So I started off with AppDynamics, as that was familiar ground and suspeted it wouldn’t be too much effort given my previous experience with it.

I used the latest version at the time (4.1), and setup the Controller in a VM. This was fairly straightforward as usual (although it takes quite a while) and after this I downloaded a Java Agent and hooked it up to my app using the -javaagent VM argument.

Screen Shot 2015-11-28 at 12.58.10

Sometimes you’re lucky, and AppDynamics will just detect everything going on in your app straight away… This wasn’t one of those times. No metrics appeared for any Business Transactions, and the App overview looked very bare. Digging into the App Servers list however showed that my app had indeed been registered, and when I clicked on the Memory tab I could see that memory usage was being monitored.

Ok, so I’m guessing AppDynamics wasn’t able to detect any entrypoints, as the app establishes it’s own outward connections, so nothing from the outside initiates connections to it. I also couldn’t use any of the automated instrumentation that the Spring framework benefits from either.

Screen Shot 2015-11-28 at 12.58.58

I got around this by adding some custom POJO instrumentation, by monitoring any objects that implemented the Actor class, and listening for invocations for the aroundReceive method. Splitting the transactions by the simple class name gives a breakdown per Actor type. If necessary you could go a level further and split by message type, but I felt this was a bit OTT to start with.

Screen Shot 2015-11-28 at 12.21.31

From here, you get high level metrics about each Actor, such as response times, calls per minute, error rates, each accompanied by historical sparklines. Double Clicking each of the Business Transactions provides very detailed information, from a graphical view of interactions (i.e. http calls made) right down to elapsed time at method level.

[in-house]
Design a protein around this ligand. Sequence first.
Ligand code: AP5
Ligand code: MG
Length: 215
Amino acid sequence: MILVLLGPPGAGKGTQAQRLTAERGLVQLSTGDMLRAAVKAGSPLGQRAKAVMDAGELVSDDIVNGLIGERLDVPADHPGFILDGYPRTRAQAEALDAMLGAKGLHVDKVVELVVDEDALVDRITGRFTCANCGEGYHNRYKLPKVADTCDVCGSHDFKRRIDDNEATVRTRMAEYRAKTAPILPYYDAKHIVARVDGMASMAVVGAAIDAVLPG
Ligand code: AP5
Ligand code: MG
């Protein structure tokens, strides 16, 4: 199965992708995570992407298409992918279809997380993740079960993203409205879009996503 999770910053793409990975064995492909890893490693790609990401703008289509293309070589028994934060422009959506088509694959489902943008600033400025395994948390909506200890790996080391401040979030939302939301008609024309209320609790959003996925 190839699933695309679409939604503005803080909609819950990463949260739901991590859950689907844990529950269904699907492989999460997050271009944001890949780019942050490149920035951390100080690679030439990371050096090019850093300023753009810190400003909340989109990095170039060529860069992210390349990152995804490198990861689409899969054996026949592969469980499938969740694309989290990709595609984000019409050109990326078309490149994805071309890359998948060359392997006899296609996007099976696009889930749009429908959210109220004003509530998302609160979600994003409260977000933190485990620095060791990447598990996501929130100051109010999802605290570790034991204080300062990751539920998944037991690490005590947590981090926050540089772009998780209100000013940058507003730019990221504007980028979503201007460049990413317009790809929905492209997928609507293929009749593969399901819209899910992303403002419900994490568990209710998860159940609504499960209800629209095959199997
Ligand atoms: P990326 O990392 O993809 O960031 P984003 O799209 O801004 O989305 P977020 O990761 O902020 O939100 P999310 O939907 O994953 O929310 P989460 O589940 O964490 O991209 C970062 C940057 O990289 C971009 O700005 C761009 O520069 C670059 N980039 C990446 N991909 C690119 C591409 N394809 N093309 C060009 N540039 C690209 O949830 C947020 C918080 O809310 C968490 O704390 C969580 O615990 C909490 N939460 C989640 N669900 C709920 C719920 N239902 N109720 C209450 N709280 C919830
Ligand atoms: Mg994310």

AppDynamics’ ability to track errors logged using SLF4J pretty much gives me everything I’d like from a app monitoring perspective, however there are a couple of drawbacks. Firstly there is a free version, but it limits you to storing 24 hours of data, and you can only track 1 JVM instance with it. This makes it very limited if you wanted to monitor interactions acreoss a number of co-ordinated microservices. AD’s default refresh rate of metrics appears to be a minute, although this may be configurable. This might not be realtime enough for some people but hasn’t been a problem for me.

Secondly I tried using the Kamon stack to see what compareable metrics I could get from my app. The benefits from this stack are that as it’s free (as it’s open source) and as it’s modular you can mix and match many of the components within it. For example, you could use a different metrics aggregator (instead of StatsD) or a different dashboaring tool (instead of Graphana), or you can embed it within your own app monitoring framework. As it’s open source it shouldn’t be too difficult to write your own extensions to give you extra functionality.

I used the following example stack (https://github.com/muuki88/docker-grafana-graphite) that all runs within a single Docker app and makes starting up and tearing down a breeze. From what I’ve seen this appears to be the standard platform for monitoring Akka so far.